Friday, August 4, 2017

Microservice-driven Software Architectures

Over the last few years, software development techniques have evolved to match the ever-changing present day requirements. These emerging technological trends present a few approaches to choose from when building new software solutions. In this article, we consider Microservice driven software architecture and Monolithic architecture. Which is the best choice for the system you are working on?

Monolithic Architecture

Monolithic software architectures have been around since the invention of computers. They implement a design that tends to bundle all the functionalities needed to achieve a task into one single application. This is the simplest form of design because it does not involve many modular end points fitting together.
For small applications, Monolithic architecture works quite well with a minimum of complexity. The codebase is also quite small and centralized hence easy to deploy an application. However, whenever there's a need to scale up, a problem arises. This is because the modules are highly dependent on each other and refactoring a code in a single part of the monolith will impact the whole system.

Many enterprise applications are built in three parts: the database holding the records, a server-side application, and client-side application. In this case, the server-side application reads and updates the database, and then populates the views in the client-side application. Making changes to such a system will involve changing the server-side application and changing the views in the client-side application. This is a single application – a good example of a monolith. Over time, as the application grows, it becomes increasingly hard to make changes. Monolithic Architecture is suitable when building small applications with no foreseeable need to scale up.


Microservice Architecture

Microservice-driven software architectural design has been a major topic in software conferences in the recent years. As Martin Fowler - a renowned software developer and speaker puts it: 
The design has been there for a while only that it didn't have a name to identify it.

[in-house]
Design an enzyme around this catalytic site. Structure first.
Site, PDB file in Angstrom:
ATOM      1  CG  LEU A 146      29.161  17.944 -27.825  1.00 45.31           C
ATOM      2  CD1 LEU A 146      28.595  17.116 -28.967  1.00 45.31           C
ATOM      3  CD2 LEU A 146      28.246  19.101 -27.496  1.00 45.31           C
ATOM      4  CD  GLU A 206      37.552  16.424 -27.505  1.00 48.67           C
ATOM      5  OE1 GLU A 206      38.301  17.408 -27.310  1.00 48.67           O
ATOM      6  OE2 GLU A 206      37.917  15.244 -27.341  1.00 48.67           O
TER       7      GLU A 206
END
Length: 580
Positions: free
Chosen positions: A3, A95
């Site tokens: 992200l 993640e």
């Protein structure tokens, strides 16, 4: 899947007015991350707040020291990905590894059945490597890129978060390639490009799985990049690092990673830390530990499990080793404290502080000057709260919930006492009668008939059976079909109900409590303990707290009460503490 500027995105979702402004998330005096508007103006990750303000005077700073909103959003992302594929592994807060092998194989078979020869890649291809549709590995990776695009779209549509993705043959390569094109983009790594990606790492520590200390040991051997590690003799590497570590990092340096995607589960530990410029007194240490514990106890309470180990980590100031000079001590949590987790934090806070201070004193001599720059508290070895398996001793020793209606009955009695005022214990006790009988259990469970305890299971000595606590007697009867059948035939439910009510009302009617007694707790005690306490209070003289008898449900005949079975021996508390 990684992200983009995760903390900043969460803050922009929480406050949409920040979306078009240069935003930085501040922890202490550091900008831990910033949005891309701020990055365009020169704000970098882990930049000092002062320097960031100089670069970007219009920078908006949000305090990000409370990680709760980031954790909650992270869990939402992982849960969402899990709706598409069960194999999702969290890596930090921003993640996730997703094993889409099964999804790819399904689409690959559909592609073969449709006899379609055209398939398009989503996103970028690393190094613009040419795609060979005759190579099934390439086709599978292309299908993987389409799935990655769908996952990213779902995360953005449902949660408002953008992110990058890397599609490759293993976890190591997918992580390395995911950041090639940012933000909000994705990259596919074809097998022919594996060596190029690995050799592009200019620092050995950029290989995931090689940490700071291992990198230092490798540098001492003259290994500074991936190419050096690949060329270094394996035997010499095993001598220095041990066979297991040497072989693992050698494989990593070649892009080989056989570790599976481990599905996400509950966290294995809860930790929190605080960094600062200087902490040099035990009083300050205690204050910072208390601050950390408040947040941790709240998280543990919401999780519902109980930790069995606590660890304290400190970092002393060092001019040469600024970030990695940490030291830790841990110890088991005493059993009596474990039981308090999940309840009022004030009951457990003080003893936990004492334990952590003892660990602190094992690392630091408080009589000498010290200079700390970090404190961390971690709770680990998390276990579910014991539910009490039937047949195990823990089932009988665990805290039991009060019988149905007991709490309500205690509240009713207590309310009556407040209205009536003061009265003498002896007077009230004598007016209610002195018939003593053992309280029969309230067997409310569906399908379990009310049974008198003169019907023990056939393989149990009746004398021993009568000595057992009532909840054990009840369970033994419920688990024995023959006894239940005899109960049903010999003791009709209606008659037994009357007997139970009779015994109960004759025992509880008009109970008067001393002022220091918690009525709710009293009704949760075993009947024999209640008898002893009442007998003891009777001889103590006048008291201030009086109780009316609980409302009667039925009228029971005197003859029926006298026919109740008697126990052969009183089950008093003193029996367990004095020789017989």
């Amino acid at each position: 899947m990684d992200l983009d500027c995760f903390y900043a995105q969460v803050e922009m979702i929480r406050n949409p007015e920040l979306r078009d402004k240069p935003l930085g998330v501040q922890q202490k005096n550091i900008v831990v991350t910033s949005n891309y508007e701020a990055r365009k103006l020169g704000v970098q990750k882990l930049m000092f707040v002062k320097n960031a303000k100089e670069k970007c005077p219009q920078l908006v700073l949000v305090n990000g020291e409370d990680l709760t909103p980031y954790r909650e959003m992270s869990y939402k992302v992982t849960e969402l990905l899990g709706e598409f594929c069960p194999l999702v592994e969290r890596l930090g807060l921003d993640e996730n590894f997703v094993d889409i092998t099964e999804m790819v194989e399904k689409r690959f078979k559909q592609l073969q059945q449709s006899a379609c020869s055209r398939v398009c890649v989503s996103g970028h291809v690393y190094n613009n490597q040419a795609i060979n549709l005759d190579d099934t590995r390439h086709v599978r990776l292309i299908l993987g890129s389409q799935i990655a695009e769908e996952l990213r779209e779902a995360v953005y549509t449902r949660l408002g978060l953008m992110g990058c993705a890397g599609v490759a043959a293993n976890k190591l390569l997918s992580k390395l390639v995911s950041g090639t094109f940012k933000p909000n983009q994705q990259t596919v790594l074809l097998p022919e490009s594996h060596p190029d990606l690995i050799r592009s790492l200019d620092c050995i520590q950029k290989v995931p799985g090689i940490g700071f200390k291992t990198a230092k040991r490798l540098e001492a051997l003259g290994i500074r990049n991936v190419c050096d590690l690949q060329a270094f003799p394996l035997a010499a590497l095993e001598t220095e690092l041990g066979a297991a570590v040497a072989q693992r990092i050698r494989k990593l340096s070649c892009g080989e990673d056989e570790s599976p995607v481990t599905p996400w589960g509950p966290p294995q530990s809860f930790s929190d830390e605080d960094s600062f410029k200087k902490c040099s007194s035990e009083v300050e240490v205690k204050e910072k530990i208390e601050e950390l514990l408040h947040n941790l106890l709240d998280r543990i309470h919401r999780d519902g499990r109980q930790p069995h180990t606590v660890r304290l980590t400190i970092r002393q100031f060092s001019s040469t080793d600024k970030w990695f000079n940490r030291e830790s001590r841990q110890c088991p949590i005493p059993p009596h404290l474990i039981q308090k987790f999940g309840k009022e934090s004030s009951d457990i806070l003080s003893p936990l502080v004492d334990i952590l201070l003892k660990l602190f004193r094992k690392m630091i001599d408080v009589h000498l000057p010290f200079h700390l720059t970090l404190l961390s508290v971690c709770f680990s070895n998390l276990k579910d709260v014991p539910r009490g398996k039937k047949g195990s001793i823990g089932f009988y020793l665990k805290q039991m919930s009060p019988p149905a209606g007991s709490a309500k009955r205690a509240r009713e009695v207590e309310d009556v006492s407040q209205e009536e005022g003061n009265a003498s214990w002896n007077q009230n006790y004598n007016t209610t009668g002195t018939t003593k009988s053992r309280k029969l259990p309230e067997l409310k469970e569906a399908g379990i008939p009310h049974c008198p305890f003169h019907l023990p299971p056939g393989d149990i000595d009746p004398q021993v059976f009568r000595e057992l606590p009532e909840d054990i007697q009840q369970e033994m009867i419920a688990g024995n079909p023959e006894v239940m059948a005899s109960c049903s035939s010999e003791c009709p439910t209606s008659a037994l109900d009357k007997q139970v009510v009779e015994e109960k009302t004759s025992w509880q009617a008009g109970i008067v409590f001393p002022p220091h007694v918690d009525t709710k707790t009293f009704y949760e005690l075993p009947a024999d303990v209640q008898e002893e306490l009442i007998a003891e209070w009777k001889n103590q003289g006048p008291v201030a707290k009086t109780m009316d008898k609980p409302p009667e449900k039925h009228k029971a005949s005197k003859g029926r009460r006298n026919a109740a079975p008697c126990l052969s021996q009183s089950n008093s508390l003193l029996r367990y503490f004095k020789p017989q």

While there’s no precise definition of Microservice architecture, we can describe it as a way of designing software applications as modules of independent services that can function on their own. As aptly named, Microservice architecture states that a service should be minimal, else be split into multiple services. 

Now, while Monolithic architecture is easy to design and deploy, Microservice architecture brings in a lot of complexities just from the design level. There are many small actors involved to make a solution work. All these actors are independent of each other and only communicate through simple interfaces. Despite these complexities in setup, Microservice architecture has many advantages as we will find out soon enough. 

Microservice architecture brings together some of the thoughts of Service Oriented Architecture (SOA), only that the services are much smaller. Microservice architecture is simply a better implementation of SOA. The high abstraction between services makes this the best option for designing large and scalable applications. The implementation of the services is completely hidden from the interface. This means, the services can be used in multiple contexts or other business processes. Additionally, developers can modify the services which lie behind interfaces without any downstream impact. Big tech companies such as Netflix, Twitter, PayPal, Amazon, Soundcloud and many other large-scale websites have moved from monolithic to microservice architecture. 

An article published by Martin Fowler and James Lewis introduces microservice architectural style as: